Great advice.

I agree withy Grumps, without any preconceived notions of it being a Bundy you may well like it. See if you can somehow engineer a blindfold test, ie get a buddy to swap necks and just play a few notes in the lower register so you don't notice any intonation issues and see what you really prefer.
 

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I have a 50's Buescher 140 that had some dings in the neck. It played OK. I took it to my tech and he rolled some balls in it and worked it over. It seemed to be slightly larger in the middle after that. Whatever happened it played and sounded way better with better intonation and altissimo.
 

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Discussion Starter · #8 ·
Hi, thanks a lot for your help and insight! It sounds like adjusting a neck for intonation is more work that it's worth for this neck, I might as well just buy a new neck in that case. But I think I'll stick with the Bundy neck and ask if he can work out some kinks (pull down, a couple of dings). Maybe that'll help it sound its best. I'll try the playing about D2 without the octave key too.

The neck in question is not the original Buescher, it came with the horn from lord know where. It may be crappier than the Bundy but I like the tone out of it.

Again, thanks so much I appreciate your help!
 

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"The neck in question is not the original Buescher, it came with the horn from lord know where."

The original is probably being used as a bong.
Keep your necks with you during gig breaks. :)
 

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There's a guy that specializes in modifying Buescher necks. I've seen the threads on this before. He can make the "bad" True Tone necks into "good" ones. A "bad" True Tone neck may be what you have. Look in the Buescher subsection.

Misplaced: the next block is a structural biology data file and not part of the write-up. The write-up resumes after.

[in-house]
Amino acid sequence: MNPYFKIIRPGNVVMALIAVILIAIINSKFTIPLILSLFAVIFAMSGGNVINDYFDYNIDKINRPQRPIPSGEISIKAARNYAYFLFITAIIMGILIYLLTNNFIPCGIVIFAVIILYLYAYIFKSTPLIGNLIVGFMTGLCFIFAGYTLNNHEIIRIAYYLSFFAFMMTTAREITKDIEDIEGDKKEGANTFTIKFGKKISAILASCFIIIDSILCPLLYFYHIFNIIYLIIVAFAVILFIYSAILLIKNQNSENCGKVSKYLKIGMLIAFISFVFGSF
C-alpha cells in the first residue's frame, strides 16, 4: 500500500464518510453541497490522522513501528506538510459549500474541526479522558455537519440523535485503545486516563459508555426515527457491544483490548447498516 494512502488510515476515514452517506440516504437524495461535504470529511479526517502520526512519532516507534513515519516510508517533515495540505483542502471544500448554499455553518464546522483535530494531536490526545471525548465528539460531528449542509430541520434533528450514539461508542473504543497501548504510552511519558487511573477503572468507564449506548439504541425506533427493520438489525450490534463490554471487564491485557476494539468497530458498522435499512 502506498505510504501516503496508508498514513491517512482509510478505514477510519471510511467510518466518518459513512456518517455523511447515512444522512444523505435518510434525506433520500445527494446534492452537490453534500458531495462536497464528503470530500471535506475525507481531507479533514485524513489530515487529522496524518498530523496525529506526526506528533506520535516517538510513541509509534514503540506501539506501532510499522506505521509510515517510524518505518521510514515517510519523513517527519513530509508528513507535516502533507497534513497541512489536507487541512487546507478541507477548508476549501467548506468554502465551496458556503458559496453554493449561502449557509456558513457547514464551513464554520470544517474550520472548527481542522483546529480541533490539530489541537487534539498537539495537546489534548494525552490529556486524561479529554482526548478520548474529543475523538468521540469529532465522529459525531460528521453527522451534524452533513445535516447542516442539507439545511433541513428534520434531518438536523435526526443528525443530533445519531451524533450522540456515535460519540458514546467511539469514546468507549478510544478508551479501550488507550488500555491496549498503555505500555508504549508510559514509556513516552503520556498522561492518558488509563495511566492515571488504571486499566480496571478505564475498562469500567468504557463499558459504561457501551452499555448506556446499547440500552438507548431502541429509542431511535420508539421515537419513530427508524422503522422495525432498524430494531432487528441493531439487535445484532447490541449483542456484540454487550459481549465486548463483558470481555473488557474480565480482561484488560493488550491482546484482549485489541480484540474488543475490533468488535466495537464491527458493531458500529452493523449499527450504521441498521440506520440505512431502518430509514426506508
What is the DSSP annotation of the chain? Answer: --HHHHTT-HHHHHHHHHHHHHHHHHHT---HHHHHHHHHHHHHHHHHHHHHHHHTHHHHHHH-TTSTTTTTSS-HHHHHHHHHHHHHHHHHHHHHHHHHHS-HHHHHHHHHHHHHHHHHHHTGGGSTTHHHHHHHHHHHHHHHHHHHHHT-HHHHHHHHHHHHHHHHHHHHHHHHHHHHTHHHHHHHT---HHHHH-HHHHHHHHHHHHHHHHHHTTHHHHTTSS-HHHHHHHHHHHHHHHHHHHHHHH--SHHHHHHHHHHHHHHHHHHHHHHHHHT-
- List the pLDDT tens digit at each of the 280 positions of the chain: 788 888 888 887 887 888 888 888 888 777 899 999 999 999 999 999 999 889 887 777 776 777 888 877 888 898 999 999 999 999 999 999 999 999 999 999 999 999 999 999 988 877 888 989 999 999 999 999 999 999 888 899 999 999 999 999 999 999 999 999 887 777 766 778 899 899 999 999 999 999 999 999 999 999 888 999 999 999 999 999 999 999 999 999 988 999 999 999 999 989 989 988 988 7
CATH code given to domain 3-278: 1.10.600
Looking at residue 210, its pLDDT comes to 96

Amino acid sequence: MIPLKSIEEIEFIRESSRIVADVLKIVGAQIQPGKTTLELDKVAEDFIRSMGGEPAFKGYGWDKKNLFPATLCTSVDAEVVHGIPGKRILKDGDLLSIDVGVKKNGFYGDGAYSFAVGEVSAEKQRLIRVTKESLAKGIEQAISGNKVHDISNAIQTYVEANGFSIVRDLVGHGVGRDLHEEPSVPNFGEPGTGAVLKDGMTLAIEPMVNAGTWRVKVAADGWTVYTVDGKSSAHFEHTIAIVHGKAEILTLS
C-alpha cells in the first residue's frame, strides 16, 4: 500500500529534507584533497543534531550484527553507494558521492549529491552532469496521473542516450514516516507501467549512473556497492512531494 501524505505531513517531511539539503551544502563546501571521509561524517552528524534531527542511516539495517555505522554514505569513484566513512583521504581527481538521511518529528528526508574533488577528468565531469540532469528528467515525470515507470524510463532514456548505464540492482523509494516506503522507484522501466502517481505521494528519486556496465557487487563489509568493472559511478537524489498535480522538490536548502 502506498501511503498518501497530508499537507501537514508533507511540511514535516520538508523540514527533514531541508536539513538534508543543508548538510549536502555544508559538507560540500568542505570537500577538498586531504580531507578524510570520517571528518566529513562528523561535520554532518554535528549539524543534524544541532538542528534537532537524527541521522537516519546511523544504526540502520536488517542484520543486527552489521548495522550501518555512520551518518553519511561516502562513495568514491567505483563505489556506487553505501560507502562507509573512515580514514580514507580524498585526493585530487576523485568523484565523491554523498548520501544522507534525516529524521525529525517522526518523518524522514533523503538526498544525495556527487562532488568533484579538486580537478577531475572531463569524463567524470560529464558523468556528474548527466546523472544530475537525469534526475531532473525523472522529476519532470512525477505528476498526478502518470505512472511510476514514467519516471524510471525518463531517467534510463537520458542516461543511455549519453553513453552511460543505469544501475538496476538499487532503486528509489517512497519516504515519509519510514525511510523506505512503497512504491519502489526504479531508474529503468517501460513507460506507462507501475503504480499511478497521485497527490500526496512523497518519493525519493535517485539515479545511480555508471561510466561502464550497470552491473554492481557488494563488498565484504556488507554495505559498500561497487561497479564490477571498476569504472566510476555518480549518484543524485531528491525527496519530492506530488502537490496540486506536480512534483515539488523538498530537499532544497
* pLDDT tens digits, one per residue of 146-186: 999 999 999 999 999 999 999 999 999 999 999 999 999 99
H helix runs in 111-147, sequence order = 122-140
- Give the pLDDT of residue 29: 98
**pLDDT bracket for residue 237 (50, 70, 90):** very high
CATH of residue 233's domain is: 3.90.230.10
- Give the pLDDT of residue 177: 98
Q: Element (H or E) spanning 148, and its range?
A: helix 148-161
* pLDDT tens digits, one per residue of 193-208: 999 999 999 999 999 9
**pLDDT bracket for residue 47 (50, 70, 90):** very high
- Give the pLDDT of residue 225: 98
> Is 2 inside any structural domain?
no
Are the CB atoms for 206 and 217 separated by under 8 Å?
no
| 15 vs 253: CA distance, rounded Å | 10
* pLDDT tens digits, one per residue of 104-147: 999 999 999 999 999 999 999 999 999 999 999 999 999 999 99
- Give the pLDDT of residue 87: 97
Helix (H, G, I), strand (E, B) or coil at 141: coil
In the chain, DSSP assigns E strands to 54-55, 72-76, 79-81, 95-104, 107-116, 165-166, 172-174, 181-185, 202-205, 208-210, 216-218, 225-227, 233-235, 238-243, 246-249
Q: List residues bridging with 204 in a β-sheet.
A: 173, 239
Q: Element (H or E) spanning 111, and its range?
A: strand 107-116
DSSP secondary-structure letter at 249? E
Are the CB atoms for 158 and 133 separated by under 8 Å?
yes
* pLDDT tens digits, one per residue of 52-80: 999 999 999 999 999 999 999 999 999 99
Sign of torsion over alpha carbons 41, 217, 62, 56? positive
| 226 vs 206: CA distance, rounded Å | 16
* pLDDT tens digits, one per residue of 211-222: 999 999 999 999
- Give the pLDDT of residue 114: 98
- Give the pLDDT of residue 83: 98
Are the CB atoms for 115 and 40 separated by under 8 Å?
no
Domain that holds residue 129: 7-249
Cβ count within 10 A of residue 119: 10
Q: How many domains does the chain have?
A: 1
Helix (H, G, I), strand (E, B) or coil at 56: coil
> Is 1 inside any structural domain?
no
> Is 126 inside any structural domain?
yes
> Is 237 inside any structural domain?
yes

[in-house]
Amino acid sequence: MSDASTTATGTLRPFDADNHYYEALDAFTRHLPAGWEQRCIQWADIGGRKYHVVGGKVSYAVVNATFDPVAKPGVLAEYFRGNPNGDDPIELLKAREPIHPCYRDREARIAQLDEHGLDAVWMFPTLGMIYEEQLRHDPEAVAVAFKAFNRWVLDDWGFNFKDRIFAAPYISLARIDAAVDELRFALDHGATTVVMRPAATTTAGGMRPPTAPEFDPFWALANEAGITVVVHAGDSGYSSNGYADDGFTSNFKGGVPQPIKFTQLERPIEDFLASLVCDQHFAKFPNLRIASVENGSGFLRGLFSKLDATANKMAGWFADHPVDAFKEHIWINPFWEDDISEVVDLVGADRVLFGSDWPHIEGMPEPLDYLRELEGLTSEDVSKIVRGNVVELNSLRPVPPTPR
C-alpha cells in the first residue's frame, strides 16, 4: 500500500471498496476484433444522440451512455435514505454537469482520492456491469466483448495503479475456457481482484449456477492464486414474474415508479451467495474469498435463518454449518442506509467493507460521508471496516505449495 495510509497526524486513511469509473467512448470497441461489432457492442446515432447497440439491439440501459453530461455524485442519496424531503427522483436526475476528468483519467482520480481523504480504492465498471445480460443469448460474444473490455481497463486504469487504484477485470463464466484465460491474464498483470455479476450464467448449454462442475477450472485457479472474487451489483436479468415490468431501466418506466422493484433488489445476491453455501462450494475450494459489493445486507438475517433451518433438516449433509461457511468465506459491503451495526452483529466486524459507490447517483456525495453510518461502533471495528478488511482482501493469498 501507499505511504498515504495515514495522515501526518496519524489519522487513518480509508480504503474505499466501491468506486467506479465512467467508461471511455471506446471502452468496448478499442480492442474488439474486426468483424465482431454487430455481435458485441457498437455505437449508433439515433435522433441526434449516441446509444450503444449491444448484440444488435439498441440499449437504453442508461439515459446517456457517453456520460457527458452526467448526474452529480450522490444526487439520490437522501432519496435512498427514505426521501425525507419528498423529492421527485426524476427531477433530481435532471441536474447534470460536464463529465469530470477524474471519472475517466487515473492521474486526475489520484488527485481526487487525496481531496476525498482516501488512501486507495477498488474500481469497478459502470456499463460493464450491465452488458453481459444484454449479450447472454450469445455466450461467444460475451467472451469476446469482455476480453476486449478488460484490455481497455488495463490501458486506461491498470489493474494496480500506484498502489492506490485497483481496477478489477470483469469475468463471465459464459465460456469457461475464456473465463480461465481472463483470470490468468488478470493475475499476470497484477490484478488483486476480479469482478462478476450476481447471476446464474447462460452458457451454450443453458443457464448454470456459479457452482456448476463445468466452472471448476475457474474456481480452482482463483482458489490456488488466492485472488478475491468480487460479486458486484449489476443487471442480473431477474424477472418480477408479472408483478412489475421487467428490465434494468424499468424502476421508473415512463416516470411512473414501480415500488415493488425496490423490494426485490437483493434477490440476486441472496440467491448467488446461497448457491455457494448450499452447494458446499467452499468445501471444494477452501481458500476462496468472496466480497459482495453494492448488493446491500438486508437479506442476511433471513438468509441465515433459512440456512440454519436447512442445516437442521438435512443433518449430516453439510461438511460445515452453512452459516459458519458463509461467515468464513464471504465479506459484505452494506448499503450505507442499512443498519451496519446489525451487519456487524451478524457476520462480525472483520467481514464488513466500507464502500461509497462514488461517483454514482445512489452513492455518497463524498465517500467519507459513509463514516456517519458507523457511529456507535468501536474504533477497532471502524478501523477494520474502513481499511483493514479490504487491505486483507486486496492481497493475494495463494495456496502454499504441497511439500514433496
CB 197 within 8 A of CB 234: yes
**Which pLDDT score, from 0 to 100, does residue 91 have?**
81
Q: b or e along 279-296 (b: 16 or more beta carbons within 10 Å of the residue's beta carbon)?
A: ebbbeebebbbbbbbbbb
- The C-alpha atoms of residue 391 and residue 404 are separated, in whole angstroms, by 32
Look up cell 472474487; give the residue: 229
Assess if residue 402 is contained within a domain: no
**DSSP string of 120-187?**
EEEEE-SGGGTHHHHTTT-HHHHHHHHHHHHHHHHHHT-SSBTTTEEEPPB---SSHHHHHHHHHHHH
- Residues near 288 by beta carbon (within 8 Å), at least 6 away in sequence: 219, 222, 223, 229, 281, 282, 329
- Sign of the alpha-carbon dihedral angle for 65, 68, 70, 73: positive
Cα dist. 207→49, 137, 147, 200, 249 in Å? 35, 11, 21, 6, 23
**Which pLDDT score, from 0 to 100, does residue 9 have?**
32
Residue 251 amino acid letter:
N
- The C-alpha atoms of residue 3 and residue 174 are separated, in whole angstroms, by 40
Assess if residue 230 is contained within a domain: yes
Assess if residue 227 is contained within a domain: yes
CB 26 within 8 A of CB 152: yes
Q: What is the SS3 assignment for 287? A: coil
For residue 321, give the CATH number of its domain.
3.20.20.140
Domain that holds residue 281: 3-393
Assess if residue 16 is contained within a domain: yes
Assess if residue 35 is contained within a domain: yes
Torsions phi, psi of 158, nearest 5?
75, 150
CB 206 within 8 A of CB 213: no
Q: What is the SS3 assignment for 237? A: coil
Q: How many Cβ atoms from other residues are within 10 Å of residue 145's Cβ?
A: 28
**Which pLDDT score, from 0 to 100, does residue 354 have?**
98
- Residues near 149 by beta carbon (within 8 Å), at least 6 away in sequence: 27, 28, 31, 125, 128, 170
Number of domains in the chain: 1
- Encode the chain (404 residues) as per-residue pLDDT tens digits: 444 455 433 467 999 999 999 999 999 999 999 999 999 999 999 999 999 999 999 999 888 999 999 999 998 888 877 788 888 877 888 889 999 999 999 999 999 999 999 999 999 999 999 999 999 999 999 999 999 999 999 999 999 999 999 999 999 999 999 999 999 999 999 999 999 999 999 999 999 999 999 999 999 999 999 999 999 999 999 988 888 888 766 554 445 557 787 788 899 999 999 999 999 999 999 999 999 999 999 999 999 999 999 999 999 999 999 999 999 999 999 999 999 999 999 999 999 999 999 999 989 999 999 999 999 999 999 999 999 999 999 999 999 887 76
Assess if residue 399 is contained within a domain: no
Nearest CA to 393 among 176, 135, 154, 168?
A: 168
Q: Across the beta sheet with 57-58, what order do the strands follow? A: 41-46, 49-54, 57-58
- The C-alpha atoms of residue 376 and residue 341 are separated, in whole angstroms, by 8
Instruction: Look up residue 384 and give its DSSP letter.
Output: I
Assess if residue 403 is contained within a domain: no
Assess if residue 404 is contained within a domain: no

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Ferrees sells a row of graduated dent balls mounted on a flexible rod, to shove up a neck to "improve" its bore. Goodson inspired, if I recall correctly. One size fits all???!
 

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If the OP will contact Jicaino. He can probably tell the OP who the guy is that specializes in the True Tone necks.
 

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I think the guy you're thinking of is Mark Aronson, but he'll require that you ship him the horn with the neck. But as the neck that came with the horn may not even be a Buescher neck, I'm not so sure he could make it work any better. If a picture can be posted of the neck that came with the horn, I'm sure someone could identify it.
 

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If the only problem with the intonation on the horn is that D2 and above are sharp, you can modify the neck yourself. Stick some tape about 1/2" wide and 1" long in the end of the neck. Make sure the neck is dry when you do so the tape (use painters tape) will stick. You will need to use about 3-5 layers to lower the pitch of those notes about 20 cents.